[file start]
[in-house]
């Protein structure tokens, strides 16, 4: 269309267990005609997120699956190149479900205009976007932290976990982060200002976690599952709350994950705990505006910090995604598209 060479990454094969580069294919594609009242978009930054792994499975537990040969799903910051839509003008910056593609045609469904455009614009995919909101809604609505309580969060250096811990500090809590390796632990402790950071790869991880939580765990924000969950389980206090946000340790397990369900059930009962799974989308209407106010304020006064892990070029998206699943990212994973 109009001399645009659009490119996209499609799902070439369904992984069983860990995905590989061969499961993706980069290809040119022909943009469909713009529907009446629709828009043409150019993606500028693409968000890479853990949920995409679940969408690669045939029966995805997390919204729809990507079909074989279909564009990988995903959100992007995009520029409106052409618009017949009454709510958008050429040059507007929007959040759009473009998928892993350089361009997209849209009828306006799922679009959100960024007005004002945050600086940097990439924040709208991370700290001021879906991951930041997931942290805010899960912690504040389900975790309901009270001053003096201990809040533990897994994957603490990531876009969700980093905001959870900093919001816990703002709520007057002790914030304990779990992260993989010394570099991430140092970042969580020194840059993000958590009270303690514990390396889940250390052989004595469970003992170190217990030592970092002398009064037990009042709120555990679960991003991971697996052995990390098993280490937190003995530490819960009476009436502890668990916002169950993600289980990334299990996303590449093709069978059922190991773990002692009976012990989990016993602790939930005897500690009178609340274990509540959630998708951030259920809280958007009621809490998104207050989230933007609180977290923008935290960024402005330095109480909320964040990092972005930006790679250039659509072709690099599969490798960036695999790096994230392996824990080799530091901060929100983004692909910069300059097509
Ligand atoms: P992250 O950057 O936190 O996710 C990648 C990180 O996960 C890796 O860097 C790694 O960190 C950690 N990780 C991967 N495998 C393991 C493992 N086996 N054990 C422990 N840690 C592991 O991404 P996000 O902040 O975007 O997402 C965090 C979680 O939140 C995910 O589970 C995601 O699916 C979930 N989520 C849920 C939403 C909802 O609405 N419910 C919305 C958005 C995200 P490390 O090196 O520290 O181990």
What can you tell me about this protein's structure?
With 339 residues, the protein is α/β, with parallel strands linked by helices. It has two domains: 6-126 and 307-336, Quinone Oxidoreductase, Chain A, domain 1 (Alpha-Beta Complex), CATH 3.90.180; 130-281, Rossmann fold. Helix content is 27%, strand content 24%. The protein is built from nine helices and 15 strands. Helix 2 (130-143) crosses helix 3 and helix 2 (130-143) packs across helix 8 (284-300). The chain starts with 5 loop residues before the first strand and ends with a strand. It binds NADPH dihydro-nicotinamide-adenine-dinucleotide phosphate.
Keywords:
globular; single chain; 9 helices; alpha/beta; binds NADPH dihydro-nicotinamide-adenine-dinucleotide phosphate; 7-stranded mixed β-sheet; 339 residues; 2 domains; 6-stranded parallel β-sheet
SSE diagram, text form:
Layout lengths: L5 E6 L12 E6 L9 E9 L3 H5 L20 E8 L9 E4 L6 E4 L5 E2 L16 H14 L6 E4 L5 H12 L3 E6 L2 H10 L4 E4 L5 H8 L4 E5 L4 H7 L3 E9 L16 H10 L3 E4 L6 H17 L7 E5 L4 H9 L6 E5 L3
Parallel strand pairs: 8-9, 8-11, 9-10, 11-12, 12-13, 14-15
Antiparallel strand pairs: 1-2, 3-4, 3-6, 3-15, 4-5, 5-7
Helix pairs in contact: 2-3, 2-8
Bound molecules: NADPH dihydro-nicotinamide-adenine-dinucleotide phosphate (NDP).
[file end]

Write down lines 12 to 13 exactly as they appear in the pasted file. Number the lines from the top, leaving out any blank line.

Helix pairs in contact: 2-3, 2-8
Bound molecules: NADPH dihydro-nicotinamide-adenine-dinucleotide phosphate (NDP).